This past week has been a flood of varying emotions. We’ve experienced tragedy, heartache, fear, anger, and jubilation when the suspect was captured. Plus the earthquakes in Asia and the factory explosion in Texas... what a wild week! But there was another interesting development that arose right in front of our eyes. Something we’ve never seen before which is truly unique to our modern day and age.
When 9/11 happened, we were a mess. SWAT and rescue teams were unable to communicate with one another, our technology was unable to produce and analyze the situation to better educate us on what happened or identify the people who committed these acts, and our country was in a massive state of panic. More than eleven years later, we’re using infrared cameras on helicopters, robots, and better communication equipment to correspond and hunt down the suspected criminals in a matter of DAYS. Yet the most surprising and simplest tool that has popped up during this time is the cell phone and the communities of the internet.
Noe and I were fresh off the plane from Coachella and on the 5A bus from Dulles heading back to DC when Noe spotted the news on her phone, through Twitter. Literally within minutes of the Boston bombings, we knew about it, before TV networks and probably more than half the bus was even aware anything had happened. Soon after that, we were seeing pictures taken by civilian “photojournalists”, capturing images of the chaos with their cell phones. From our bus in the Washington metropolitan area, we were able to see everything that was happening in a city over four hundred miles away.
Soon after that, however, people were hunting down whomever committed these senseless and violent acts upon innocent civilians. Communities like Reddit were scanning thousands of user-uploaded images, trying to identify any possible suspect and piecing together whatever available data they had at their disposal. Shortly, predictions and witch hunts began, and users started posting these suspects’ Facebook pages and Twitter handles all over the site, demanding they are brought to justice.
It didn’t take awfully long before the Boston Police Department announced two suspects - one in a black baseball hat and sunglasses and another in a white baseball cap - who they observed entered the scene with backpacks over their shoulders, then, in later images, walking calmly away from scenes of the explosions without those previously mentioned backpacks. Surprisingly, (or, if I stop being sarcastic, not surprisingly) these suspects weren’t the two internet users initially thought they were. People like Sunil Tripathi, a Brown University student, or 17-year old Salah Eddin Barhoum had their reputations slandered by Reddit, 4chan, and the New York Post.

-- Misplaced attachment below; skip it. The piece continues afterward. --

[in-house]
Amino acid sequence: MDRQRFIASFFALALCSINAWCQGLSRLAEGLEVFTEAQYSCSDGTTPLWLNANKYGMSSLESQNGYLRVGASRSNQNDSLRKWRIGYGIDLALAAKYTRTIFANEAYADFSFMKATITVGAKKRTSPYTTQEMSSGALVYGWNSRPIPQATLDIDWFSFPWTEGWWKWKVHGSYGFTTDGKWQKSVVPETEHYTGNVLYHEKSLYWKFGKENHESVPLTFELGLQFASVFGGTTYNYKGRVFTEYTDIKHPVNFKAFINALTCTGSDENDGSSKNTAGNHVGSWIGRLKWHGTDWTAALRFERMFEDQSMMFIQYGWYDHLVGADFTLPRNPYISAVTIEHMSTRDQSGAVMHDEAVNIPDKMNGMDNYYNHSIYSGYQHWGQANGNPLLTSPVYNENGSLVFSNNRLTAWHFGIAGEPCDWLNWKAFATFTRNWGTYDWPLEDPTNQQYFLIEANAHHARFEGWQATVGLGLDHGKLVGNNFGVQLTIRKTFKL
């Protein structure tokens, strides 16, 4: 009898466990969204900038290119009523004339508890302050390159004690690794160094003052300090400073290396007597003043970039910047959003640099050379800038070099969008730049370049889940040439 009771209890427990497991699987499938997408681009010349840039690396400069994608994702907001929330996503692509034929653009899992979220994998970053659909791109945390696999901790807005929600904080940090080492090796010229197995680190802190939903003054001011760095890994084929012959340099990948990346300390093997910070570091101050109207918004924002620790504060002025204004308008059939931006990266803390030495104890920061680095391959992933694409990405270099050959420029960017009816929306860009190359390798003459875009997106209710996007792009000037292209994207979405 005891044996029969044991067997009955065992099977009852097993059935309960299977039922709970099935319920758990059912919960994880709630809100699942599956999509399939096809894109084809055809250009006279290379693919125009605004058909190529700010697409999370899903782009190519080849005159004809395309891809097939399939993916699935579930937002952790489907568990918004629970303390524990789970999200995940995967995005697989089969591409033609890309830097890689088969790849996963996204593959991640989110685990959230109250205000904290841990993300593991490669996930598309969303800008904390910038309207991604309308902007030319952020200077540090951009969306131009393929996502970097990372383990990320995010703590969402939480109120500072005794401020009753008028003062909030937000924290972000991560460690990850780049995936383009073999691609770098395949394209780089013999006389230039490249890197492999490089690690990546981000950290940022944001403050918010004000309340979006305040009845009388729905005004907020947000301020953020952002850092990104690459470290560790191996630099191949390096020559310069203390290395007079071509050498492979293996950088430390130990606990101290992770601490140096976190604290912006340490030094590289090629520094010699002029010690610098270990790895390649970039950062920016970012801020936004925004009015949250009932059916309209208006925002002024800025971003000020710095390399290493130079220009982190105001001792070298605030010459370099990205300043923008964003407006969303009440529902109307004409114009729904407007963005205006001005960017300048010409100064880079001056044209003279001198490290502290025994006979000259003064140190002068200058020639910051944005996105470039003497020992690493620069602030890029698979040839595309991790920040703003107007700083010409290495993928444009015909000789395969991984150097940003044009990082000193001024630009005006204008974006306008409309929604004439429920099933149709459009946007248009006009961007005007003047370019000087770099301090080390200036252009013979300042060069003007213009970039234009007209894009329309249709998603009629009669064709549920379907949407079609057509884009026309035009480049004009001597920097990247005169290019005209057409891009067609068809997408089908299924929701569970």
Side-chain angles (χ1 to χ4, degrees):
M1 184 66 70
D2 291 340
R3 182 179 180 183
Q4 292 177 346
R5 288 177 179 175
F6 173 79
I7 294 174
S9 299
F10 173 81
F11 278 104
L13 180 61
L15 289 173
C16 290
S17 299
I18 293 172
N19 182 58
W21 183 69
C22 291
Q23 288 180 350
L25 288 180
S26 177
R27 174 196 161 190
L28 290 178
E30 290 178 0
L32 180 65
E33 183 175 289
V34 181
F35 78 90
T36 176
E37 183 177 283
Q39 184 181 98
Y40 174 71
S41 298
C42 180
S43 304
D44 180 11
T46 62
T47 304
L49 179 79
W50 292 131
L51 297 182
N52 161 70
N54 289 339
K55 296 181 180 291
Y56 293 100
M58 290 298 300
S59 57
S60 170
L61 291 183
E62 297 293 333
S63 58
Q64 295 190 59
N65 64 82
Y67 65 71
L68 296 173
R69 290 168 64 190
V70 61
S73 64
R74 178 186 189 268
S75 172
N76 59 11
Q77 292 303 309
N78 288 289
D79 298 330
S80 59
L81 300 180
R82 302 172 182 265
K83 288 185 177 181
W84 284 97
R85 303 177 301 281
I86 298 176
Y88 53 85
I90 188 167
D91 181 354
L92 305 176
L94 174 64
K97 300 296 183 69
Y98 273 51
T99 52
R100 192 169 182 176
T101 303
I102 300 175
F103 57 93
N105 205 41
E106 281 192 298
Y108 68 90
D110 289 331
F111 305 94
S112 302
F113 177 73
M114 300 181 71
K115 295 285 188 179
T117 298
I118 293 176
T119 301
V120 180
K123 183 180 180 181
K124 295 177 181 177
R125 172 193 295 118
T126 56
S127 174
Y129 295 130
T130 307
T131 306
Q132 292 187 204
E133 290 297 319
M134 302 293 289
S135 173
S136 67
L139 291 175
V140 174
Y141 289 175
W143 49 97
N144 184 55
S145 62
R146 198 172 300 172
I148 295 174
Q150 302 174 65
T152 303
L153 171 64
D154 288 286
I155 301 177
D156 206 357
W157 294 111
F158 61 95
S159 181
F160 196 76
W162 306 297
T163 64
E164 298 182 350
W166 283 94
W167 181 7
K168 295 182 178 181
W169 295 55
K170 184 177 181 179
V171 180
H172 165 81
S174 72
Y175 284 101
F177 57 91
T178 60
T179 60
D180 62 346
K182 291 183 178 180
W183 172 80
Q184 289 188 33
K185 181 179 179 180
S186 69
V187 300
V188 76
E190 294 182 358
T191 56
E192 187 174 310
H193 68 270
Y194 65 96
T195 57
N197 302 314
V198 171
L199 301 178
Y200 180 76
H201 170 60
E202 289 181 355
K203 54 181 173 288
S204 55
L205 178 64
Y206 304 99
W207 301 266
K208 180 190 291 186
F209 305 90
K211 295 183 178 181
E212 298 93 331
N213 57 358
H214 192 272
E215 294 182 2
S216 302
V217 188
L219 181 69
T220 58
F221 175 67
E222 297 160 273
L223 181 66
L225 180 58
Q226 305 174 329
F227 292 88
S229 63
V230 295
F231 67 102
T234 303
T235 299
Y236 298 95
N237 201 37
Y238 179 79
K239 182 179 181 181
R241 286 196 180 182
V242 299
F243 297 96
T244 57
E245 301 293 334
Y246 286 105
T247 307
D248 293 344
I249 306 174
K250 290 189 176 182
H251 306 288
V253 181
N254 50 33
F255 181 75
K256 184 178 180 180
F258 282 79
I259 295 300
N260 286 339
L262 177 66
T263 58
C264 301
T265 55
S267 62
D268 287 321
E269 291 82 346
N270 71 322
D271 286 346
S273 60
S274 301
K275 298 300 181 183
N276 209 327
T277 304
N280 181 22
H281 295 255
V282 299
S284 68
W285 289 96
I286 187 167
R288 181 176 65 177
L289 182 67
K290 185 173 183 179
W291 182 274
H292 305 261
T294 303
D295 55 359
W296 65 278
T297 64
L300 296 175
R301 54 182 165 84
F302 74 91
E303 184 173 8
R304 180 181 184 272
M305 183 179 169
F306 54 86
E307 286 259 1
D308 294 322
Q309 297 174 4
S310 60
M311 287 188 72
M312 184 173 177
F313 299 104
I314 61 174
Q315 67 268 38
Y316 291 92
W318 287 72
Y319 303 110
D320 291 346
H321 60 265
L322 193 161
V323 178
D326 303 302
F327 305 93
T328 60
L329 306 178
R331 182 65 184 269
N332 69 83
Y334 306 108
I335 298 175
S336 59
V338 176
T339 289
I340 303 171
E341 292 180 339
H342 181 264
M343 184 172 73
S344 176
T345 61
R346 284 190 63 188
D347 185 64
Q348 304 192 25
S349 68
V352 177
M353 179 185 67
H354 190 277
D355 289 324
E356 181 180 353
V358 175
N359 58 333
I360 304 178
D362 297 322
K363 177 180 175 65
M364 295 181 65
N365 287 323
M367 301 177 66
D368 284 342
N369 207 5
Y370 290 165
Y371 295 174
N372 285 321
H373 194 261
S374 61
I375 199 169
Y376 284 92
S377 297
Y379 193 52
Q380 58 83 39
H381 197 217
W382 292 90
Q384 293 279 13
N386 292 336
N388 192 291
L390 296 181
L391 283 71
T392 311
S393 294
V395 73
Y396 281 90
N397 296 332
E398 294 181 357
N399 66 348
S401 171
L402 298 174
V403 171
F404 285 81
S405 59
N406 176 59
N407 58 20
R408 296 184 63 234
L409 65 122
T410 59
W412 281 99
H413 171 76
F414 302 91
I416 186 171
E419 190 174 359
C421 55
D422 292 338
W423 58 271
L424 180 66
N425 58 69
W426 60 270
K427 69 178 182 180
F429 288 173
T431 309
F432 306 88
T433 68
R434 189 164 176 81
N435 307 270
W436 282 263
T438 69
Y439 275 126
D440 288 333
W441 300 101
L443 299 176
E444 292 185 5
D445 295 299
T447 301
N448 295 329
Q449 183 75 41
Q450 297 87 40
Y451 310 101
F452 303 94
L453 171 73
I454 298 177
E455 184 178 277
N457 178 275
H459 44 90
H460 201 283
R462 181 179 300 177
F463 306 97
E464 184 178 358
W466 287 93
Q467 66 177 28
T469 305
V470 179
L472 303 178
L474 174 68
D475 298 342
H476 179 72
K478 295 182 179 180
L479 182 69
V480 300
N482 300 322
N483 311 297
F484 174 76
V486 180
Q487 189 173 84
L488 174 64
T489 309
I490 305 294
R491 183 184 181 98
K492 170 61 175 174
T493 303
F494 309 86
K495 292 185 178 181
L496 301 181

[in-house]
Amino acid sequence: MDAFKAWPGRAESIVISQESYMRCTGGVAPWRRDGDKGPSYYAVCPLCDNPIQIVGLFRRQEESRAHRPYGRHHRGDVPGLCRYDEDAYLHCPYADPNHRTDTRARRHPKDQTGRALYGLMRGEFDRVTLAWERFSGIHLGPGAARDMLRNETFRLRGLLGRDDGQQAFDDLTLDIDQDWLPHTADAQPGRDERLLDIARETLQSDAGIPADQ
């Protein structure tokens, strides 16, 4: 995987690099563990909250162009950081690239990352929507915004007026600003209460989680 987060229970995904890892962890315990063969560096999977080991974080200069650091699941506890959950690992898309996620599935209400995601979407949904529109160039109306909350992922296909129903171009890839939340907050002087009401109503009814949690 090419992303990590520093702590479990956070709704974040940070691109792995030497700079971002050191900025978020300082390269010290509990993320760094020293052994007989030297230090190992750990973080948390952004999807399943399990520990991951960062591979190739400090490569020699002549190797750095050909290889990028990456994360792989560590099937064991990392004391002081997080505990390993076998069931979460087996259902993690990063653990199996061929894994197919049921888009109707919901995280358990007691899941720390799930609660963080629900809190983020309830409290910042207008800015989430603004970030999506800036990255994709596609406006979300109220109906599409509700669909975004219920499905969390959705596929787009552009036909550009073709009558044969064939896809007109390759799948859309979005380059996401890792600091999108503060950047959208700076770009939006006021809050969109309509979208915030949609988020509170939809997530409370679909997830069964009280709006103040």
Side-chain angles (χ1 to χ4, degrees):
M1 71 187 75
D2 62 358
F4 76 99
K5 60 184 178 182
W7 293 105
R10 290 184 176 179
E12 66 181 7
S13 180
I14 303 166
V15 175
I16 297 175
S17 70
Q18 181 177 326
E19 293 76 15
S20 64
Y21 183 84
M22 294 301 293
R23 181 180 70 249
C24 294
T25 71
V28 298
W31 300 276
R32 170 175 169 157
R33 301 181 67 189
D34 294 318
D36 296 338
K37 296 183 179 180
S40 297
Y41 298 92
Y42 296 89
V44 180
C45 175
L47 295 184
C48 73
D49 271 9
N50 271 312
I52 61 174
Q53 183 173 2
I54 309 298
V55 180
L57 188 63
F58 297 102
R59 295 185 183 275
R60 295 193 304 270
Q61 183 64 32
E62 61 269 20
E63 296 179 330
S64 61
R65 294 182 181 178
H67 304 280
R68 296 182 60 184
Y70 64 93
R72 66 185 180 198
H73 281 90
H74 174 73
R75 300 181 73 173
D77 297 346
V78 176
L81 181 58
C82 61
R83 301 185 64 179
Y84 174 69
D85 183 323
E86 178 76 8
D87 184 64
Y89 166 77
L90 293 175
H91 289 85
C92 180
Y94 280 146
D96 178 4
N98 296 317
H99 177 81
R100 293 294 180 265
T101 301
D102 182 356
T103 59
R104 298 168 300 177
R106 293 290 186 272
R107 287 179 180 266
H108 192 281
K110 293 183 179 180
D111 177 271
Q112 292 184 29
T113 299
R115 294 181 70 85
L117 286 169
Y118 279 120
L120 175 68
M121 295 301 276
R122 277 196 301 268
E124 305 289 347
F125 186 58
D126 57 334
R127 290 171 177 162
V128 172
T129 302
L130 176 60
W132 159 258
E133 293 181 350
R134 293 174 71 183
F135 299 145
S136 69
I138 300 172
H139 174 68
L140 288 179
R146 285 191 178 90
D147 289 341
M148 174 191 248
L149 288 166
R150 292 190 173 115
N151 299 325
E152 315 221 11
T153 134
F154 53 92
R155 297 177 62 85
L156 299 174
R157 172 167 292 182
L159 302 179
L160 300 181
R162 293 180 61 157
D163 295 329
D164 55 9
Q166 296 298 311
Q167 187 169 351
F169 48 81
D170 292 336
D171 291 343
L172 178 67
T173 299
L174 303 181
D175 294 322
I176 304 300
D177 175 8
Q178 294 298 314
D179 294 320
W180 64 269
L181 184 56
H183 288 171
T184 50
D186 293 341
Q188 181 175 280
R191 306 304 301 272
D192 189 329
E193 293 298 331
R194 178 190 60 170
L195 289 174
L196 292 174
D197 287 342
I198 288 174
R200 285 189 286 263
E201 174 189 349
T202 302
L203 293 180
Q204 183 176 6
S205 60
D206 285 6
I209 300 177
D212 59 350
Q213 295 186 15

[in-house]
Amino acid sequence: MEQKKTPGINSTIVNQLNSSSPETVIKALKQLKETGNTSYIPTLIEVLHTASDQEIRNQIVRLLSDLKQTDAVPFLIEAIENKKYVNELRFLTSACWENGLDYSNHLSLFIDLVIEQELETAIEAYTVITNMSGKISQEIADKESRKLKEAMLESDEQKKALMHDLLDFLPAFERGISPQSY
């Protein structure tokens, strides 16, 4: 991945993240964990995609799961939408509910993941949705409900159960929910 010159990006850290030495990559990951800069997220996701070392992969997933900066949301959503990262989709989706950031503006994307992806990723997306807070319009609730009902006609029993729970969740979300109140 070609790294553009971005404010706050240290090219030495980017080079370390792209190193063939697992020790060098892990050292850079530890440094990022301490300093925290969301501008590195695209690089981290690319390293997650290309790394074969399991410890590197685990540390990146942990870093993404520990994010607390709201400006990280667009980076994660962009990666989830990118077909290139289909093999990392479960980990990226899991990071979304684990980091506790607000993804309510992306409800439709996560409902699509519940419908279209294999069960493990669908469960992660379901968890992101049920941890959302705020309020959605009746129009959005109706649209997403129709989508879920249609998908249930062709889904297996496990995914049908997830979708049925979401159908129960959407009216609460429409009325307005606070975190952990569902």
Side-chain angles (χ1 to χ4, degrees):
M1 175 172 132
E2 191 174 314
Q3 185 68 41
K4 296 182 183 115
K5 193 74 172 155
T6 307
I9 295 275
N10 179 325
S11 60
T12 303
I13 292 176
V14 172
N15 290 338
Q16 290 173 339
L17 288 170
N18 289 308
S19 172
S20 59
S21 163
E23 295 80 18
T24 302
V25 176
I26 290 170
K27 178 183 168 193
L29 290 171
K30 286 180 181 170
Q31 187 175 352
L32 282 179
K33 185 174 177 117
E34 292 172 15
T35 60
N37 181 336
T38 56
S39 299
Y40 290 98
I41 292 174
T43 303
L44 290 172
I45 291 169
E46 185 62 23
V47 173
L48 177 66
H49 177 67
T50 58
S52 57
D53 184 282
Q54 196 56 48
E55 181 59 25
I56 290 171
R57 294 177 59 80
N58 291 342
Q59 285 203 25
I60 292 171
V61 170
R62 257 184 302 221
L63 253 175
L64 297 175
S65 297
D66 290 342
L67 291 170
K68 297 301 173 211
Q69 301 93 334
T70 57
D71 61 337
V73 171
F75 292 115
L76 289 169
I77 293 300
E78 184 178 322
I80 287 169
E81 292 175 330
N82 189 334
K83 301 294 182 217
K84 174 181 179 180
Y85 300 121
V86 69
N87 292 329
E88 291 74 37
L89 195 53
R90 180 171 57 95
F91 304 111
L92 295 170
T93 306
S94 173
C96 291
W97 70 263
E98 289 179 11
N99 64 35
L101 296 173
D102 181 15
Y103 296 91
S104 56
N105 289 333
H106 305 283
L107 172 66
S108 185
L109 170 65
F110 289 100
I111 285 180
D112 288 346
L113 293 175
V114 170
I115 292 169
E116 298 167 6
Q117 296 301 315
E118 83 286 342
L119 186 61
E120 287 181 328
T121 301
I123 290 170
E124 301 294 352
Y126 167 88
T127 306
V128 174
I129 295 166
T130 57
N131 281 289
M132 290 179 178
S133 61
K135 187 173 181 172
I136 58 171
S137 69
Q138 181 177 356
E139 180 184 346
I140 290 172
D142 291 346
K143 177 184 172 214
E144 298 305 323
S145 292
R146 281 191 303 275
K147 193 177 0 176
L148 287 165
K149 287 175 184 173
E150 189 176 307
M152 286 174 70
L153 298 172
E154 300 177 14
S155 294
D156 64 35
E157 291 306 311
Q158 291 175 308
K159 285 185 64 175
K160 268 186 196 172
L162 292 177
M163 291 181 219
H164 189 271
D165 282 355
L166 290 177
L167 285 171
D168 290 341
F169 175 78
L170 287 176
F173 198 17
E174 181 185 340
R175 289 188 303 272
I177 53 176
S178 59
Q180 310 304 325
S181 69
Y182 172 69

The beauty of this day and age is that we have the ability to utilize tools at our disposal, such as our mobile phones, to document occurrences that may be breaking stories before photojournalists and news organizations are able to get to the scene. We can combine user images with those of surveillance cameras to piece together the puzzle and identify criminals at speeds inconceivable years ago. Anyone with an iPhone or Android and a connection to the internet could break a story, and anyone with a Twitter or Facebook account can be a whistleblower and a hero.
But at what cost? Many people are quick to retweet or post speculative stories just for the sake of being first - a tactic numerous news organizations like CNN, FOX News, and MSNBC have done regularly. People are able to doctor photos and add fuel to the fear and frenzied fire of speculation with misinformation as a means to further their own ideologies or agendas. We have the fortunes to be the first to be informed, but what if it’s the wrong information in the first place?
There is someone I know who was posting just about ANYTHING he saw on Twitter - speculative or not, from news organizations to simple civilian twitter users doing a Sherlock Holmes impression - and continuously cycled rhetoric into the Twittersphere. He announced the suspect had been captured and the boat alight in flames hours before the suspect was actually apprehended and misleading followers to an event that never actually happened - the boat was never caught on fire. When called out on his handling of the news, he simply stated, “I’m tweeting it like I see it!”
This raises an interesting point. Just because any news item is out there - whether it’s a tweet or a photo - does that mean we should spread the information out there before we can be certain it’s a trustworthy and reliable source?
After 9/11, our society has become increasingly jumpy at the slightest hint of a situation that could put others at risk. While it’s not necessarily a bad thing to have your guard up for the possibility of something that could occur and harm you or your loved ones, does that mean you should live in constant paranoia and fear, circulating the slightest hypothetical stories you catch wind of just out of the sake of protecting yourself, no matter how wrong you could be? Is it right to take a photograph from a citizen photojournalist and commit to it as fact before a source like the Boston Police Department confirms it to be truth?
We live in a remarkable period where technology continues to develop at a dizzying pace, allowing us to achieve results previously unthinkable. While these devices are getting more and more brilliant, however, we need to remember that if we’re going to be the next Peter Parker, with great power comes great responsibility. Perhaps we should think a little harder before we share that photo or information and, in the meantime, stick to cat pics and selfies before we only contribute to the whirlwind of speculation.
Until next time,